“You can dance to our music, but it’s easier if you’re a Cossack.” – Russell in “Cut”, circa August 1987
How much of the value of a piece of music can be put down to scarcity? ‘Rattlesnake’ was once the holy grail for Pulp fans – a legendary professional recording of a raved-about* live favourite, slated for release, shelved indefinitely, and now lost to the mists of time, while rumours of DAT copies circulated for hundreds of pounds. Then, suddenly, it was leaked, and not long after used on the closing credits of Sheffield scene documentary The Beat Is The Law. We’ve all seen these cases before – the gem is unearthed, and turns out to be just another lump of coal – only this time, somehow, the song lived up to the hype.
Even after a thousand listens, it’s an odd thing, though – such an archetypal ’87 Pulp song that it doesn’t seem to even be real. All the usual influences are there – Slavic folk music, of course, but also Scott Walker – Mark Sturdy has pointed out the similarity of the introduction to the start of “The Seventh Seal” from Scott 4. Lyrically, we’re also retreading familiar old ground – a melodramatic treatment of a return to a regrettable relationship. This time, though, we’ve taken a massive leap forward. Everything sounds bigger, better, more professional. It might be entirely to do with the strain of writing this blog (poor me, etc), but there’s something almost shocking about hearing this modern Jarvis clearly expressing himself, talking about return to a bad relationship as usual, but now with an underlying current of sexual tension, whilst at the same time behind him there’s no smooth Chris Thomas stadium-indie product or even electro-pop, but instead Russell goading the group to a frantic Slavic stomp-rock climax. What if the group had been given this level of expertise and studio time for the recording of ‘Freaks’?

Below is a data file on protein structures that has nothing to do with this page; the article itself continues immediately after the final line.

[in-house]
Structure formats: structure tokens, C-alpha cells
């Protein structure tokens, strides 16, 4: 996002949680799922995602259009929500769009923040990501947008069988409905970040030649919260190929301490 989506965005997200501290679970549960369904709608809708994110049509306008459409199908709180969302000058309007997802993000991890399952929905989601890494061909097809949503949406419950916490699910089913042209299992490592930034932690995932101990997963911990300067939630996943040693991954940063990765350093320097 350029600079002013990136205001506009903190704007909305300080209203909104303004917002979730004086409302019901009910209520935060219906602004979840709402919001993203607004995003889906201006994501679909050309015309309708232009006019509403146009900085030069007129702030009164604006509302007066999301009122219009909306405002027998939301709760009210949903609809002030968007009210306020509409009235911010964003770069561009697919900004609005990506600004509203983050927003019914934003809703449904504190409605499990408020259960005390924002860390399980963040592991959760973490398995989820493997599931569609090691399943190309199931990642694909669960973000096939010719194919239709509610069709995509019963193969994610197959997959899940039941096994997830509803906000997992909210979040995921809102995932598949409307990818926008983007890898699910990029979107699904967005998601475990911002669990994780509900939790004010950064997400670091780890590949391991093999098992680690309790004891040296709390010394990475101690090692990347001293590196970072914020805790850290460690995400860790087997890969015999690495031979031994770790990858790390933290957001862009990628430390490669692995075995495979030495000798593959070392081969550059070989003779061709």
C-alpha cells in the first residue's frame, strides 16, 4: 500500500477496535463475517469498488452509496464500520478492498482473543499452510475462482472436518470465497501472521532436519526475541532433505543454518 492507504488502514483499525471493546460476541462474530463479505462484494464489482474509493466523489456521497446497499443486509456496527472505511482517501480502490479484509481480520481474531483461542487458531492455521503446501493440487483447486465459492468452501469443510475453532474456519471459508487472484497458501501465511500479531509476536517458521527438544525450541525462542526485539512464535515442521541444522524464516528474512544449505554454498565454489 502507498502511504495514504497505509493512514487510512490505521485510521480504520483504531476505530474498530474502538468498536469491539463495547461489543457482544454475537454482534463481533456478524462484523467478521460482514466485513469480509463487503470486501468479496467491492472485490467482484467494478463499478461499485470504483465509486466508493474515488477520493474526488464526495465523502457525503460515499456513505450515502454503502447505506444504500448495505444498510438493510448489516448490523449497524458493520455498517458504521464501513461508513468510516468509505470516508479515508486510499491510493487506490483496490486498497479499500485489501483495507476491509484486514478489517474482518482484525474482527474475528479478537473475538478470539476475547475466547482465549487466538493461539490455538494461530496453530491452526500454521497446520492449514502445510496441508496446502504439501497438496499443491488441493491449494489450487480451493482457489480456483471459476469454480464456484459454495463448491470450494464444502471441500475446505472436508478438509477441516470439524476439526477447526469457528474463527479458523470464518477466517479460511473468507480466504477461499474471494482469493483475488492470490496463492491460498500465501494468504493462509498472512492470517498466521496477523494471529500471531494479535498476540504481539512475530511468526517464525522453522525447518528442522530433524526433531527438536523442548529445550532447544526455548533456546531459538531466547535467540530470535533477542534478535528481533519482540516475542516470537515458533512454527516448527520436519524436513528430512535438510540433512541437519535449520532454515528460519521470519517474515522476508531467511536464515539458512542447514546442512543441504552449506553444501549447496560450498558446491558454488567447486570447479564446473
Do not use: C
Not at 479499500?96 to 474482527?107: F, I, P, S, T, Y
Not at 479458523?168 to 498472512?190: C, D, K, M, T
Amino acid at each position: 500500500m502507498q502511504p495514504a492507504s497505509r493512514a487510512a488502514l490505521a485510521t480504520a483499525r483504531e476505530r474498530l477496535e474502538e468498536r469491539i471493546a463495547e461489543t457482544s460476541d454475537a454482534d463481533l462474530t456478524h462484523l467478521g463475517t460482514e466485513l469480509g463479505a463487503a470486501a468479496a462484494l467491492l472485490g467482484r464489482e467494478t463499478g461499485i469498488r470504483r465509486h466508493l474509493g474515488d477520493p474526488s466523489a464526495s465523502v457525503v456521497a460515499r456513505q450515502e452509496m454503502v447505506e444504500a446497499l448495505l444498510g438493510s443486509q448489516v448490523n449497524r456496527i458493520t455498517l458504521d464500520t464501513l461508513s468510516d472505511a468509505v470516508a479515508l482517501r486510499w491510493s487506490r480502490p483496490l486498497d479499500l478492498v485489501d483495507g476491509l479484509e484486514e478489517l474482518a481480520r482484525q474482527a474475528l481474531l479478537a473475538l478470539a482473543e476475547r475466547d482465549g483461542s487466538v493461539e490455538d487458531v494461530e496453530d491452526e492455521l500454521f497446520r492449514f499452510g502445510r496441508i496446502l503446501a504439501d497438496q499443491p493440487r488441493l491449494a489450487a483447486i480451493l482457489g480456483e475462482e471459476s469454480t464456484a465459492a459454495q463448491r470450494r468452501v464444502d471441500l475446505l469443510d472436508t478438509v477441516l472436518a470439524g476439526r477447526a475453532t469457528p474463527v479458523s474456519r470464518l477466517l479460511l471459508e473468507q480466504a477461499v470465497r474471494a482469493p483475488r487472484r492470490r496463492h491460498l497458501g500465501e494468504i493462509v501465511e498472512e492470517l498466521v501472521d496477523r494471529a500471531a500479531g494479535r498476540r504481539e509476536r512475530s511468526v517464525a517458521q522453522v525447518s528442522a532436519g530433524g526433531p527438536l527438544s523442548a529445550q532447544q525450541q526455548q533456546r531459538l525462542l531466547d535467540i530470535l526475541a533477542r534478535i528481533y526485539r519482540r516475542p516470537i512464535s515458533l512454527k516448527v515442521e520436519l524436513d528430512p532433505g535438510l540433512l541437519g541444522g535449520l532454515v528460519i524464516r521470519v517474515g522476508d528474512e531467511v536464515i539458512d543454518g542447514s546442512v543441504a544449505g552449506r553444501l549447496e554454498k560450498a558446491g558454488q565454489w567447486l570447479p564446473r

No use crying over spilt milk, though, is there? What we have here might be the only decently-produced remnant of this phase, but at least they chose the right track. The absolute apex of Russell’s Eastern-European campaign, ‘Rattlesnakes’ sounds for the world like the Klezmer band at the gates of hell, raising the massed demons to a climax and sending them out into the world to undertake a campaign of shock and awe. To my mind at least, that’s what proper Slavic folk should do, and (strange as it is to say) on this evidence they seem to have a real knowledge of the form. The effect may be down to the presence of a string quartet, hired for the day – or rather a string trio, as one member failed to play to the standard required and had to be embarrassingly let go halfway through the session.
“And the hardest part…. the hardest part is when you stop!”
It’s hard to begrudge them the trick ending – every band is allowed to do this one time, and it’s hard to think of a more suitable time to try it. Then they come back even faster and harder, and we’re cruising.
Suffice to say, it’s a massive shame that FON never got around to releasing this single, and perhaps the disappointment felt by the group explains the dropping of the song from the set and its non-inclusion on the remastered ‘Separations’ in 2012. For us, the something-more-than-casual listeners, though, it’s just good that it’s out there, a little reminder that digging down sometimes gets you a nugget of gold.
*In Melody Maker and Sounds, no less.